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Old 03-16-2012, 05:38 AM   #21
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Originally Posted by jclarksnakes View Post
Now my head is spinning. I am going to ignore this issue for now and relook at it when I turn 65 in 2017.
Things can change, so it won't hurt to wait. You should probably start looking at it when you reach 64 1/2, give it a couple of months to learn, because beginning on your 65th birthday you have a limited time to enroll.
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Old 03-16-2012, 05:41 AM   #22
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Originally Posted by TrvlBug View Post
The info I received from SS wrt to enrollment in Medicare Part A is that DH had to sign up. Given that he had employer provided medical insurance, we were told that he could sign up now that he's turned 65 and have Medicare be secondary insurance or sign up for both Part A and B once he retires. Part A coverage was NOT 'automatic.'
Medicare says one should sign up for part A even if working and covered by employer health care insurance.
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Even if you keep working after you turn 65, you should sign up for Medicare Part A. If you have health coverage through your employer or union, Part A may still help pay some of the costs not covered by your group health plan. Call the Social Security Administration at 1-800-772-1213 to sign up. However, you may want to wait to sign up for Medicare Part B if you or your spouse are working and have group health coverage through you or your spouse's employer or union. (See note below if you work for a small company.) You would have to pay the monthly Medicare Part B premium, and the Medicare Part B benefits may be of limited value to you as long as the group health plan is the primary payer of your medical bills. In addition, you would start your 6-month Medigap open enrollment period during a time when it will not be of most use to you. For more information on your Medigap open enrollment period, see the publication*Choosing a Medigap Policy: A Guide to Health Insurance for People with Medicare.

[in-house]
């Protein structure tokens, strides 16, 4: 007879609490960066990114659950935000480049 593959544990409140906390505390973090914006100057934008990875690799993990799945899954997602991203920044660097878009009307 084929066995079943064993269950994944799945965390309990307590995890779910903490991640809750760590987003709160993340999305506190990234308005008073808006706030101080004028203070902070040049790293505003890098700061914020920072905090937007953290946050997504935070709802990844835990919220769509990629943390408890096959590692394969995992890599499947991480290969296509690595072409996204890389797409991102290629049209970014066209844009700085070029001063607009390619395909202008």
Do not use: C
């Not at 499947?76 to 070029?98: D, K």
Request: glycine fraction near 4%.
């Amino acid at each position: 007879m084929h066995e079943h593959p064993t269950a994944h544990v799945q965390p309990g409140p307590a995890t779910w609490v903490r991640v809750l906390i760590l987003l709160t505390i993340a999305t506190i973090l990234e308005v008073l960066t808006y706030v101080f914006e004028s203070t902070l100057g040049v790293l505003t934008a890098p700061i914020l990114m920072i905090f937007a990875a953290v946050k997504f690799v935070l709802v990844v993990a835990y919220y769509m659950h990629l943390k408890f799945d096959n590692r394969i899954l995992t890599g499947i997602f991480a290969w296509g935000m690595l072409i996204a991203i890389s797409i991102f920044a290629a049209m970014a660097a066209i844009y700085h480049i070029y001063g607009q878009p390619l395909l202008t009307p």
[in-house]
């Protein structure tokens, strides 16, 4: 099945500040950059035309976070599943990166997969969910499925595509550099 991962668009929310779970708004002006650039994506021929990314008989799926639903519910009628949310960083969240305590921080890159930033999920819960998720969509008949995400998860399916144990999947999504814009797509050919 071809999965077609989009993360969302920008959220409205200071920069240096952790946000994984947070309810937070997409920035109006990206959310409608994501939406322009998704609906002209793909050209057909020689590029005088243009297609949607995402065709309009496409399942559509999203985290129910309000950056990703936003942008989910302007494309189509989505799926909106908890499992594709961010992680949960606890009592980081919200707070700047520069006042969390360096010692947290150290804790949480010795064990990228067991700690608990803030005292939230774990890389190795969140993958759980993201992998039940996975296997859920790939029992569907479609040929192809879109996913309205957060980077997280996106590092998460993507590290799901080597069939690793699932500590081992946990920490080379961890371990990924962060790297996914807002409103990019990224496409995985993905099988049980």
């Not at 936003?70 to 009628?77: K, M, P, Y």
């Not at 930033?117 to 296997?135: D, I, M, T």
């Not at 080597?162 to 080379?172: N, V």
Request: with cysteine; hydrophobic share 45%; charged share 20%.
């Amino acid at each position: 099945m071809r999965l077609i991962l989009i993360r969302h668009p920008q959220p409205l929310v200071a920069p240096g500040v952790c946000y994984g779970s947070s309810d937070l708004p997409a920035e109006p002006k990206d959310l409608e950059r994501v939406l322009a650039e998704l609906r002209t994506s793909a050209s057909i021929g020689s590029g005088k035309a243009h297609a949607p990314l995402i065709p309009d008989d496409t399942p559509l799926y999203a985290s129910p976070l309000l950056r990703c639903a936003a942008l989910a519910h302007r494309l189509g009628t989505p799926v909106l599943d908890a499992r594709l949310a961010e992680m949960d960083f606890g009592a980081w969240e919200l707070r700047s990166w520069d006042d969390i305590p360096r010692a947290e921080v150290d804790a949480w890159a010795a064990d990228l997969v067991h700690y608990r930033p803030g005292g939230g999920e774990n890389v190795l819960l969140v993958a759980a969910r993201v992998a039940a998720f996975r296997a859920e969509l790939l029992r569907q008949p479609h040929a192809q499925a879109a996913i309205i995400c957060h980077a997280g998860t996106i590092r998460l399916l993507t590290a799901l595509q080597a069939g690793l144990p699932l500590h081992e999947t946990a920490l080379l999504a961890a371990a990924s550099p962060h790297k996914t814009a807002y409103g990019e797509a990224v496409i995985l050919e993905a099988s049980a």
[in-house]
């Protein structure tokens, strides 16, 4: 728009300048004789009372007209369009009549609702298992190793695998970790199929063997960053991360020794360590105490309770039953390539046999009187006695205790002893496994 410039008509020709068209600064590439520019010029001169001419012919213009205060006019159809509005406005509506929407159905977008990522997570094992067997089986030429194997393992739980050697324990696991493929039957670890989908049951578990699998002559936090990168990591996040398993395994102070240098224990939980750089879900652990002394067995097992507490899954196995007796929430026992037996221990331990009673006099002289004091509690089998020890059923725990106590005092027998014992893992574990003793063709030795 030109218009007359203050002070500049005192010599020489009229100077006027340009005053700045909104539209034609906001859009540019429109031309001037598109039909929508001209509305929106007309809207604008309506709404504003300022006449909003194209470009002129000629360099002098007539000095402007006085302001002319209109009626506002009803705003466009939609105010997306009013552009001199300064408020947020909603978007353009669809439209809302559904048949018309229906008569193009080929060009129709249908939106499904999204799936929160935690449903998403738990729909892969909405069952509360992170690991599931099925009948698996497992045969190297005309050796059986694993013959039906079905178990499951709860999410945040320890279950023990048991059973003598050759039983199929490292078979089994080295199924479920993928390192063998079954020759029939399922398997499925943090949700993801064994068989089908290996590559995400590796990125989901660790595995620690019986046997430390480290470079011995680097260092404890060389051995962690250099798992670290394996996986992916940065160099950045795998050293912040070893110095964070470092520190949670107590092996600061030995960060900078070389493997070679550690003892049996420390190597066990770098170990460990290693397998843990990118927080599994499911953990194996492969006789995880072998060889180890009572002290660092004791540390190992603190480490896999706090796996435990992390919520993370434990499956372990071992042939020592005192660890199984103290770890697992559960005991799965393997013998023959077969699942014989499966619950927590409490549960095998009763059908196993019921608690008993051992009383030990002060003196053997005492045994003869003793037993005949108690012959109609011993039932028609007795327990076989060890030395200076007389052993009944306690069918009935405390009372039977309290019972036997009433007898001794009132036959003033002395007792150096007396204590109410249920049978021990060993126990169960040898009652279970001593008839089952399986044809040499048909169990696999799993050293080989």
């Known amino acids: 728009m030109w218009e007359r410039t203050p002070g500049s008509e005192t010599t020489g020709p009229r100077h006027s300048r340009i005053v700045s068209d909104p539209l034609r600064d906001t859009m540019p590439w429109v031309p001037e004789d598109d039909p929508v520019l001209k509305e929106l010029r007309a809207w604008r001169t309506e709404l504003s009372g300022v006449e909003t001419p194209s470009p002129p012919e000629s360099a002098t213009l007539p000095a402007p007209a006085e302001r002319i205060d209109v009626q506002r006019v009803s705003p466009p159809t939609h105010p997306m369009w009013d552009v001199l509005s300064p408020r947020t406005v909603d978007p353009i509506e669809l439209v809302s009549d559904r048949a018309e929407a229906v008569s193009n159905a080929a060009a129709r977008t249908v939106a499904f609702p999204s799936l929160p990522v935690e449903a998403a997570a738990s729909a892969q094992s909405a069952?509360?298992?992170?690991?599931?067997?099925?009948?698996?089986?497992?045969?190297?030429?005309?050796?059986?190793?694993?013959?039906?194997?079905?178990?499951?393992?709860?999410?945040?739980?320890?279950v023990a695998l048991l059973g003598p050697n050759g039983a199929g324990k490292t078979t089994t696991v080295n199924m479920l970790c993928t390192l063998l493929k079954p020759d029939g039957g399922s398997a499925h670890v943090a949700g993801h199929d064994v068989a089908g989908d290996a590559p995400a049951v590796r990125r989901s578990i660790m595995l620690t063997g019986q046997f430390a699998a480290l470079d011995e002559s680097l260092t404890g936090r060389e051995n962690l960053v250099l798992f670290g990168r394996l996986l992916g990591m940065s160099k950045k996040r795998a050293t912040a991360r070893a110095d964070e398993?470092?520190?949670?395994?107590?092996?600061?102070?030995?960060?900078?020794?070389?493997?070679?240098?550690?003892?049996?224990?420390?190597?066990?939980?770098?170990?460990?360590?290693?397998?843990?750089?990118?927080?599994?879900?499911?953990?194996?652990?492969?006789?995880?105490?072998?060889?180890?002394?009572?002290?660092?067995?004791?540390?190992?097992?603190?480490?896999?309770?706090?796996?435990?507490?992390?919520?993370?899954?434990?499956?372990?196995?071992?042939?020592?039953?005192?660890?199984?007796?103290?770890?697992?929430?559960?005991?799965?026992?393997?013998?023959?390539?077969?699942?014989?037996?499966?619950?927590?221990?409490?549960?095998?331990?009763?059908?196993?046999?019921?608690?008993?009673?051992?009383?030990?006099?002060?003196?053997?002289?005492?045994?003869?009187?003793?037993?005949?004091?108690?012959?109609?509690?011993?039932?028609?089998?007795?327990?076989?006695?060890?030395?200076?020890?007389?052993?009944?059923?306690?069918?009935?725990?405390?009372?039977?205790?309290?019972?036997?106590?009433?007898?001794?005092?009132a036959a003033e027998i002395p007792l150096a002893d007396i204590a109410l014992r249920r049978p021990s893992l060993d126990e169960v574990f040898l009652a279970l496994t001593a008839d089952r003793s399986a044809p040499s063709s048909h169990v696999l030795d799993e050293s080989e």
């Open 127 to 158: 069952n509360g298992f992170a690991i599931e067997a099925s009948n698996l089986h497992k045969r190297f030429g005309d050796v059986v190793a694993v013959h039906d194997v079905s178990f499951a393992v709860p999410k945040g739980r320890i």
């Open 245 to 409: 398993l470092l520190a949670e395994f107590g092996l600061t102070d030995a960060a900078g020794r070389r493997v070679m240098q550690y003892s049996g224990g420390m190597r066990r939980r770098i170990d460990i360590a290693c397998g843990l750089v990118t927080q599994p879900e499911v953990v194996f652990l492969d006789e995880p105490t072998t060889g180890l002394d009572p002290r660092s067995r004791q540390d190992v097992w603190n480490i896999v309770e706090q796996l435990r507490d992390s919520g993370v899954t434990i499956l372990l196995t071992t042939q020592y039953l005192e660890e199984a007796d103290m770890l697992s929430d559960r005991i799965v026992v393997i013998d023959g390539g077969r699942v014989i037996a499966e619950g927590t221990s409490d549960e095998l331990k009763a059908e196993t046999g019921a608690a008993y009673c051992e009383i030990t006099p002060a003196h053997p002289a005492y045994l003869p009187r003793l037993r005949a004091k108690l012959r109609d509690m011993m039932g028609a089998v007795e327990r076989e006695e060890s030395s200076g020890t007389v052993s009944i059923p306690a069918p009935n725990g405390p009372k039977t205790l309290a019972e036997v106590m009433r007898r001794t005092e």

Note: If you are age 65 or older and working for a small company (less than 20 employees), you should talk to your employee health benefits administrator before making any decision not to take Medicare Part B. If your employer has less than 20 employees, Medicare is the primary payer and your group health insurance would be the secondary payer. You may also wish to read our publication: Medicare and Other Health Benefits: Your Guide to Who Pays First If you are disabled and working (or you have coverage from a working family member), the Special Enrollment Period rules also apply. Call the Social Security Administration at 1-800-772-1213 or visit their web site for more information. See also our FAQ on* how to enroll in Medicare.
https://questions.medicare.gov/app/a...ill-working%3F
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Old 03-16-2012, 09:16 AM   #23
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My retiree health insurance requires me to sign up for Medicare at 65.
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